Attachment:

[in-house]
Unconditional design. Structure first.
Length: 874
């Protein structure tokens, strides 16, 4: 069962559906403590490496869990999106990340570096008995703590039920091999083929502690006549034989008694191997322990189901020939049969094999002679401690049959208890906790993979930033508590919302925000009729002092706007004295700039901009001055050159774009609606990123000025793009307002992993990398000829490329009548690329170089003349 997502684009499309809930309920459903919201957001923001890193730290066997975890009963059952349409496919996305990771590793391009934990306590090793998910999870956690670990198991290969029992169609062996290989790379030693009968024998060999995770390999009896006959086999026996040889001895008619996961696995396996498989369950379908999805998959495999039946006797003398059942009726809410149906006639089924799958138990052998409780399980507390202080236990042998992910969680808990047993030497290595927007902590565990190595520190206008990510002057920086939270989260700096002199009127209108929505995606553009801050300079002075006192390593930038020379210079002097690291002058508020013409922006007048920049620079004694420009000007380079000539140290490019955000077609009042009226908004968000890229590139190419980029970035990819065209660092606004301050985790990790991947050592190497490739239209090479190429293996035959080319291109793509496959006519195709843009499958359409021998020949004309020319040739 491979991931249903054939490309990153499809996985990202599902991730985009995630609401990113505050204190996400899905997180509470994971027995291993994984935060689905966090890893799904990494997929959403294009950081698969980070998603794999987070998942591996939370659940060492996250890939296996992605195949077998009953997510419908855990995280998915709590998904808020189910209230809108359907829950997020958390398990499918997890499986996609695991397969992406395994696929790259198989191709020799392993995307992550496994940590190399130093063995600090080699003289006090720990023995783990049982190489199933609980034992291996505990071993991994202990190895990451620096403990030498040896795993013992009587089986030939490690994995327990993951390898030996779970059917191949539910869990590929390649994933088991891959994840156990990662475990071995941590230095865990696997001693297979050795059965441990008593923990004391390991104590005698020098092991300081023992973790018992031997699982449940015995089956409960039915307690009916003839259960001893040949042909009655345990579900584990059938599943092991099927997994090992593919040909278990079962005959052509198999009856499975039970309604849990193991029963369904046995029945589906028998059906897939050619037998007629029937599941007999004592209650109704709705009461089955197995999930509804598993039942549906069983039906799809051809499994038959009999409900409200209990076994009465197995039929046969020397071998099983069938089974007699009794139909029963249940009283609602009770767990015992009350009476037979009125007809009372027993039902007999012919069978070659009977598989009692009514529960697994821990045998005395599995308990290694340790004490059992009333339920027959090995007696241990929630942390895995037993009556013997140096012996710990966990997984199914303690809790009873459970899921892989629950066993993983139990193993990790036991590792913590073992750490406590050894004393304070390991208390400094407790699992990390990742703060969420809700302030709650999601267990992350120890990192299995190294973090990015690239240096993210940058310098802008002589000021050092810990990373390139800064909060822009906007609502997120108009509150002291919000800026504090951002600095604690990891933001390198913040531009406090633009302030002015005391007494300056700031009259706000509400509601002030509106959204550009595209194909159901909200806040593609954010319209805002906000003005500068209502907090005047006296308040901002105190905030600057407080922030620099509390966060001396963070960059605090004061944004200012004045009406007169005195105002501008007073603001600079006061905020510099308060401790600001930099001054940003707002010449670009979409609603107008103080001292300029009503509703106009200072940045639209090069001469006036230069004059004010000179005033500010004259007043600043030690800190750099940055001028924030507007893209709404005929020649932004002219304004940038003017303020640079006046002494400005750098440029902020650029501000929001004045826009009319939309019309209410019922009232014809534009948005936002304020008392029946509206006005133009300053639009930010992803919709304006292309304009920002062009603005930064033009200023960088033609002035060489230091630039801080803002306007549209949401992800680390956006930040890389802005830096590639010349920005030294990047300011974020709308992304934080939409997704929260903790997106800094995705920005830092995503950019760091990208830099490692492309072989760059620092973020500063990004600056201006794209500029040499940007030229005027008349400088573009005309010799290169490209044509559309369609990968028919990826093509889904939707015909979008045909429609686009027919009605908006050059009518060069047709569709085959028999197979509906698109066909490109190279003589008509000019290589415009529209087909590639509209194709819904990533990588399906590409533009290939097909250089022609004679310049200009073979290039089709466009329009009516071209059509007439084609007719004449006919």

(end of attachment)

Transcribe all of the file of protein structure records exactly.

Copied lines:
[in-house]
Unconditional design. Structure first.
Length: 874
């Protein structure tokens, strides 16, 4: 069962559906403590490496869990999106990340570096008995703590039920091999083929502690006549034989008694191997322990189901020939049969094999002679401690049959208890906790993979930033508590919302925000009729002092706007004295700039901009001055050159774009609606990123000025793009307002992993990398000829490329009548690329170089003349 997502684009499309809930309920459903919201957001923001890193730290066997975890009963059952349409496919996305990771590793391009934990306590090793998910999870956690670990198991290969029992169609062996290989790379030693009968024998060999995770390999009896006959086999026996040889001895008619996961696995396996498989369950379908999805998959495999039946006797003398059942009726809410149906006639089924799958138990052998409780399980507390202080236990042998992910969680808990047993030497290595927007902590565990190595520190206008990510002057920086939270989260700096002199009127209108929505995606553009801050300079002075006192390593930038020379210079002097690291002058508020013409922006007048920049620079004694420009000007380079000539140290490019955000077609009042009226908004968000890229590139190419980029970035990819065209660092606004301050985790990790991947050592190497490739239209090479190429293996035959080319291109793509496959006519195709843009499958359409021998020949004309020319040739 491979991931249903054939490309990153499809996985990202599902991730985009995630609401990113505050204190996400899905997180509470994971027995291993994984935060689905966090890893799904990494997929959403294009950081698969980070998603794999987070998942591996939370659940060492996250890939296996992605195949077998009953997510419908855990995280998915709590998904808020189910209230809108359907829950997020958390398990499918997890499986996609695991397969992406395994696929790259198989191709020799392993995307992550496994940590190399130093063995600090080699003289006090720990023995783990049982190489199933609980034992291996505990071993991994202990190895990451620096403990030498040896795993013992009587089986030939490690994995327990993951390898030996779970059917191949539910869990590929390649994933088991891959994840156990990662475990071995941590230095865990696997001693297979050795059965441990008593923990004391390991104590005698020098092991300081023992973790018992031997699982449940015995089956409960039915307690009916003839259960001893040949042909009655345990579900584990059938599943092991099927997994090992593919040909278990079962005959052509198999009856499975039970309604849990193991029963369904046995029945589906028998059906897939050619037998007629029937599941007999004592209650109704709705009461089955197995999930509804598993039942549906069983039906799809051809499994038959009999409900409200209990076994009465197995039929046969020397071998099983069938089974007699009794139909029963249940009283609602009770767990015992009350009476037979009125007809009372027993039902007999012919069978070659009977598989009692009514529960697994821990045998005395599995308990290694340790004490059992009333339920027959090995007696241990929630942390895995037993009556013997140096012996710990966990997984199914303690809790009873459970899921892989629950066993993983139990193993990790036991590792913590073992750490406590050894004393304070390991208390400094407790699992990390990742703060969420809700302030709650999601267990992350120890990192299995190294973090990015690239240096993210940058310098802008002589000021050092810990990373390139800064909060822009906007609502997120108009509150002291919000800026504090951002600095604690990891933001390198913040531009406090633009302030002015005391007494300056700031009259706000509400509601002030509106959204550009595209194909159901909200806040593609954010319209805002906000003005500068209502907090005047006296308040901002105190905030600057407080922030620099509390966060001396963070960059605090004061944004200012004045009406007169005195105002501008007073603001600079006061905020510099308060401790600001930099001054940003707002010449670009979409609603107008103080001292300029009503509703106009200072940045639209090069001469006036230069004059004010000179005033500010004259007043600043030690800190750099940055001028924030507007893209709404005929020649932004002219304004940038003017303020640079006046002494400005750098440029902020650029501000929001004045826009009319939309019309209410019922009232014809534009948005936002304020008392029946509206006005133009300053639009930010992803919709304006292309304009920002062009603005930064033009200023960088033609002035060489230091630039801080803002306007549209949401992800680390956006930040890389802005830096590639010349920005030294990047300011974020709308992304934080939409997704929260903790997106800094995705920005830092995503950019760091990208830099490692492309072989760059620092973020500063990004600056201006794209500029040499940007030229005027008349400088573009005309010799290169490209044509559309369609990968028919990826093509889904939707015909979008045909429609686009027919009605908006050059009518060069047709569709085959028999197979509906698109066909490109190279003589008509000019290589415009529209087909590639509209194709819904990533990588399906590409533009290939097909250089022609004679310049200009073979290039089709466009329009009516071209059509007439084609007719004449006919």